I’ve always been wary about reading Jane Austen continuations, especially Pride and Prejudice ones. All of her characters are so special and beloved, that I’m afraid to come across one that distorts my own opinion and ideas of how they’d act or talk. So I am happy to say that Loving Miss Darcy is a refreshing continuation of Pride and Prejudice. I could easily imagine Elizabeth, Mr. Darcy, Kitty, Georgiana, Mrs. Bennet, and Richard in the drawing room discussing art (or attempting to, in the case of Mrs. Bennet) and exchanging witty banter. Nancy Kelley treats the characters with respect and opens them up in a natural way that holds steady to the aspects of their personalities, yet adds some new surprises. For example, sisters Kitty and Mary Bennet are both mature, and soon become Georgiana’s friends. I was pleasantly surprised to see Kitty and Georgiana’s friendship develop, as I had never thought about how Georgiana would interact with Elizabeth’s family. I also loved the new characters that were added. Richard’s family did not appear in more than a few chapters, but when they did, their scenes were so very special. Every family member, no matter how small a role, was entertaining and unique: Elaine (his nagging sister), John and Sally (his cute nephew and niece), Simon (his foppish and irritating brother), and Lord and Lady Fitzwilliam (his wise and loving parents). It was wonderful to read a book that not only had action and adventure, but also tender family scenes. More new characters included the spies: perceptive Sebastian, lovelorn Ashford, and good-natured Colin. They were all well developed, and I just have to sigh a girlish sigh over Richard’s spy friends (gotta love a mysterious and crafty secret agent).
One of the interesting things I learned more about from Loving Miss Darcy was the importance of the coming out Season. I had never thought about the details, or how frightening it would seem in a society where that was the one and only chance at an advantageous marriage—and all of us Jane Austen fans know that an advantageous marriage during the Regency was the highest aspiration for a well-bred female. Georgiana was afraid that she wouldn’t find a worthy man to marry, and Nancy Kelley did a good job portraying this so that the reader could understand the weight of her (and any Regency female’s) decision. Imagine choosing your spouse after knowing them only a short time, and only making your decision based not on character, but on the well-known facts of his or her family property and wealth! As Georgie says, “Flowery speeches have not stood me in good stead. I would much prefer an honest man who speaks from his heart.”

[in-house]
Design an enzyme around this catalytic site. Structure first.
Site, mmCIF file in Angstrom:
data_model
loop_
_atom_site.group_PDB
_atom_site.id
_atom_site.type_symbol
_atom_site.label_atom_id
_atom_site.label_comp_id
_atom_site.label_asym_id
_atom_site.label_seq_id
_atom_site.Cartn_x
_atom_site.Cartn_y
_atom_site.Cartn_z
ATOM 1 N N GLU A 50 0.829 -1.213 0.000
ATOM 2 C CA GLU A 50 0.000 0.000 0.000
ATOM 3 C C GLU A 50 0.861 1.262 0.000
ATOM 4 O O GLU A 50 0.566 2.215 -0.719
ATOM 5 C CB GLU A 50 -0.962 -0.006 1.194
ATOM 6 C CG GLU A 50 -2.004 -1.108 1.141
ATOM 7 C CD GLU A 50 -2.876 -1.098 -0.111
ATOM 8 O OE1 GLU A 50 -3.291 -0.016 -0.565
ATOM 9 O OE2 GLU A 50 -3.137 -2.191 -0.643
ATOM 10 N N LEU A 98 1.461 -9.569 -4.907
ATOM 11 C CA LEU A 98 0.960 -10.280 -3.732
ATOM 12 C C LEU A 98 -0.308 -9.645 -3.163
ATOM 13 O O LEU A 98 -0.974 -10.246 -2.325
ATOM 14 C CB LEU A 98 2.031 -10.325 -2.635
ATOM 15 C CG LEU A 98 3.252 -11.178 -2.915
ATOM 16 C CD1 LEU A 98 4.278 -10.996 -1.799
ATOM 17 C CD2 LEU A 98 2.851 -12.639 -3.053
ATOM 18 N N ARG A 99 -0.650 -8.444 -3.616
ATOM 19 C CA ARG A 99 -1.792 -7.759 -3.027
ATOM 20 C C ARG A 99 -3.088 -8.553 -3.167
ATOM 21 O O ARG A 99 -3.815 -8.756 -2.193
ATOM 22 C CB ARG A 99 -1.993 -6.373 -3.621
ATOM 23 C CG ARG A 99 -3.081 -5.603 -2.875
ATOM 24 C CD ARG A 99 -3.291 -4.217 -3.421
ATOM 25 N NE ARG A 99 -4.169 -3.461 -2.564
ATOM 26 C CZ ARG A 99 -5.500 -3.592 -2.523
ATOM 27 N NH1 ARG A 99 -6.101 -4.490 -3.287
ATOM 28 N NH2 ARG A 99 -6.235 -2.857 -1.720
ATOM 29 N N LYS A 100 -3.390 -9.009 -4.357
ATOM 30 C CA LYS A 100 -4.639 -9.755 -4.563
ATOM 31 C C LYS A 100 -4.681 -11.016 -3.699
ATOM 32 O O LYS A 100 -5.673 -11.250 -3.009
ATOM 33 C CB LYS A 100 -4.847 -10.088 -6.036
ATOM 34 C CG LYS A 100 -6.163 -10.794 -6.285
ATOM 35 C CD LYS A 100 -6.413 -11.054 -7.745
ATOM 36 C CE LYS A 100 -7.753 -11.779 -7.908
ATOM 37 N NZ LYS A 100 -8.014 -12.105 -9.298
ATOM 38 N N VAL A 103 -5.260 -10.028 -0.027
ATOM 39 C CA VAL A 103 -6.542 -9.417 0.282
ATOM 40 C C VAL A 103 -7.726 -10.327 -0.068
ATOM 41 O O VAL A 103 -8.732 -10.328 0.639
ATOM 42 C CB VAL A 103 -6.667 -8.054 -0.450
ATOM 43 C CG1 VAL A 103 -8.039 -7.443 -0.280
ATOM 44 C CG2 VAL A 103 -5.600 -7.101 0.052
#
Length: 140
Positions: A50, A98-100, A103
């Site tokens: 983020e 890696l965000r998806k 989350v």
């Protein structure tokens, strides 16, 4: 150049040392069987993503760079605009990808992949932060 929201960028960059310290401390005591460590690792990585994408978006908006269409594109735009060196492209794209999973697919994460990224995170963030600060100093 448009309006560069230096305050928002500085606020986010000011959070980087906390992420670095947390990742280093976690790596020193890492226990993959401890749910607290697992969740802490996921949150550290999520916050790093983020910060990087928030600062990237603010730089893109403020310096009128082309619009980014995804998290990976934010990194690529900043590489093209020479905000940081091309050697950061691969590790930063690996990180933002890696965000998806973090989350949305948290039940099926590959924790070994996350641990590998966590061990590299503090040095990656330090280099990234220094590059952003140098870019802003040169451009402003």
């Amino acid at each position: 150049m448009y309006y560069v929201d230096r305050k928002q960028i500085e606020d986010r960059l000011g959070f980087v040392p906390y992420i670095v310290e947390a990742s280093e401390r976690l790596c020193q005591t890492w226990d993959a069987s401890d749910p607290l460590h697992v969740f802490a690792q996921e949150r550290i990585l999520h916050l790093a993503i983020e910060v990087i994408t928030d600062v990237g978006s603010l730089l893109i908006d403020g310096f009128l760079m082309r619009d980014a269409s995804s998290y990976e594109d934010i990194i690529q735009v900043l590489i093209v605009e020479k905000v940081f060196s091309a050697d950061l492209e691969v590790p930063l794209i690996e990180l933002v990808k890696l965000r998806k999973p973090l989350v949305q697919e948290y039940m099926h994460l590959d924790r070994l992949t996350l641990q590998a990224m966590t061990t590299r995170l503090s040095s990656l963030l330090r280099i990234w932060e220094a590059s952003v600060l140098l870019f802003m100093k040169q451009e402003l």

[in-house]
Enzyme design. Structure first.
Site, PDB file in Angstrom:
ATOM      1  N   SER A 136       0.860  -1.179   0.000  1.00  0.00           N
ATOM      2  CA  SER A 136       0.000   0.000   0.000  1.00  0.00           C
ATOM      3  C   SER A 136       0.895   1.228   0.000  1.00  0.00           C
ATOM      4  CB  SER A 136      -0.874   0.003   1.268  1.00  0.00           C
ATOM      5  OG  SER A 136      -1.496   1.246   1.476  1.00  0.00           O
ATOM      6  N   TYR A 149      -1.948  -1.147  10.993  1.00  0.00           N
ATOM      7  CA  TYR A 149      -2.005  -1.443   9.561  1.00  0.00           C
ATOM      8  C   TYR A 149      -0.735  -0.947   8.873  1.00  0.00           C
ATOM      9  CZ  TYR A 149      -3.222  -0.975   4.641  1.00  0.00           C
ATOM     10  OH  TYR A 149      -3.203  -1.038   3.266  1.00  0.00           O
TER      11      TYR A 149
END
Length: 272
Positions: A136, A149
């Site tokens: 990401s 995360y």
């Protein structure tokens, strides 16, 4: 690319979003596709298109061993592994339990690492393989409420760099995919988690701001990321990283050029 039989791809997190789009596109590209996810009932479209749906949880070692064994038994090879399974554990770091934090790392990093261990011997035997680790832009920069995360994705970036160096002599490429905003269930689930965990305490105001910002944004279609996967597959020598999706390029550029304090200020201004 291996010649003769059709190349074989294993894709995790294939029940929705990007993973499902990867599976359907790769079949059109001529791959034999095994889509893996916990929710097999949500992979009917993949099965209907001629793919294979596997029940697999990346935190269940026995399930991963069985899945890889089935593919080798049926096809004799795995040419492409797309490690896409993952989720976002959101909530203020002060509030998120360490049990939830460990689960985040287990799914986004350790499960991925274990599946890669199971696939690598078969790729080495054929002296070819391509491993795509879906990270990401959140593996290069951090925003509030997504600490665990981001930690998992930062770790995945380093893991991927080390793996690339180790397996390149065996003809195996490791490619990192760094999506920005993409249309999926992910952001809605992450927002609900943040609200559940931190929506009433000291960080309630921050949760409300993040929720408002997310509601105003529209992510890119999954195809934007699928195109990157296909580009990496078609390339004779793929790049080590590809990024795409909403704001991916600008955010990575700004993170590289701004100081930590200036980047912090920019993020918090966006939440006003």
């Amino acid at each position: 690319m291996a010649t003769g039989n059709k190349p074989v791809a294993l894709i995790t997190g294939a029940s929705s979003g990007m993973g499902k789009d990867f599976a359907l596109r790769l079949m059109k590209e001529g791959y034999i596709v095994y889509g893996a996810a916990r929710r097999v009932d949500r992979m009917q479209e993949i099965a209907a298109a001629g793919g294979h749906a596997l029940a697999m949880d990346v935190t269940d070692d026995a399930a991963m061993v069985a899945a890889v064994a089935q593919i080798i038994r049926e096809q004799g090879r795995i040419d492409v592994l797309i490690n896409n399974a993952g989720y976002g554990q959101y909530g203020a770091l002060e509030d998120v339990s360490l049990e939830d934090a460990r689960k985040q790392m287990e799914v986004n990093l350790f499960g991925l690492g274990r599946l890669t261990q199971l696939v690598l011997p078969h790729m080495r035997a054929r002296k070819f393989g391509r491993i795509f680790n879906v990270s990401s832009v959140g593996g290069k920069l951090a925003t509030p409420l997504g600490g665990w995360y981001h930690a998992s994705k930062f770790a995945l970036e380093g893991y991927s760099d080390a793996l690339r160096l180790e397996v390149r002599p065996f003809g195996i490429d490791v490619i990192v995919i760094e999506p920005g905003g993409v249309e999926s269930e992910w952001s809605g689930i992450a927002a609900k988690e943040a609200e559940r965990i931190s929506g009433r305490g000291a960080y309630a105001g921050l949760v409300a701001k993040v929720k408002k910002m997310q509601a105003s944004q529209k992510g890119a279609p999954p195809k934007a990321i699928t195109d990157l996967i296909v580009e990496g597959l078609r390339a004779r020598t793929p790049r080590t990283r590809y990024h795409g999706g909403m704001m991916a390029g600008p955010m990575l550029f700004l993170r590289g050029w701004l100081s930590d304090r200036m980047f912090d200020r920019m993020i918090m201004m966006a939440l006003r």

My only problem with this book was the flip-flopping of names. Fitzwilliam Darcy is sometimes called William, but other times called Fitzwilliam. Richard is also Mr. Darcy’s cousin, Colonel Fitzwilliam. Lord and Lady Fitzwilliam (Richard’s parents) also go by the names of Lord and Lady Matlock. This wasn’t a huge problem when reading, but it was confusing at first.
I love three things in a book—adventure, banter, and romance. This book had all of them, and I cannot wait to read more from this author (and hopefully more about the characters)!
5 out of 5 Regency Stars
Loving Miss Darcy: The Brides of Pemberley (Volume 2), by Nancy Kelley
Trade paperback (244) pages
Cover image courtesy © 2013 Nancy Kelley; text © 2013 Katie Patchell
Posted in Book Reviews, Jane Austen Sequels Book Reviews | Tagged 5 Stars Review, Book Blogger, Book Reviews, Books, Fiction, Historical Fiction, Jane Austen, Jane Austen Sequels, Loving Miss Darcy, Nancy Kelley, Pride and Prejudice, Pride and Prejudice Sequels | 1 Comment »
From the desk of Virginia Claire Tharrington:
This week on The Lizzie Bennet Diaries Lizzie comes home from Collins & Collins and celebrates the holidays. Episodes 67-76 don’t introduce any new characters (though we do see Mary from Lydia’s videos in Lizzie’s videos for the first time), but there is significant character development of Lizzie, Jane and Lydia. The girls catch up on news from Jane, like that she never heard from Bing when she was in LA, and Charlotte tries to get Lizzie to explain more of what was in Darcy’s letter. Lizzie does do a “story time” where she talks about Darcy and Wickham and how Wickham squandered all his money for college in one year, but she does not mention Gigi at all. Lydia then takes over Lizzie’s vlog while she is in the library studying for exams. Lydia says that the girl’s “summer friends” (Darcy, Caroline and Bing) have “toes filled our lives with drama and annoyance” (Episode 69). She “liked it so much better when it was just you and me and Lizzie and Charlotte and Mary.” Lydia shows her love for her sisters when she says, “It’s almost New Years and that means new people and new places and new super fun times. No more anx’ and drama and stupid people who don’t matter.” While Lydia remains vivacious and lively, this is a slightly more serious side of Lydia because she seems lonely and to be looking out for her sisters and wishing that they could go back to the way they were before Lizzie started her vlog. Lydia says, “We work best just us.”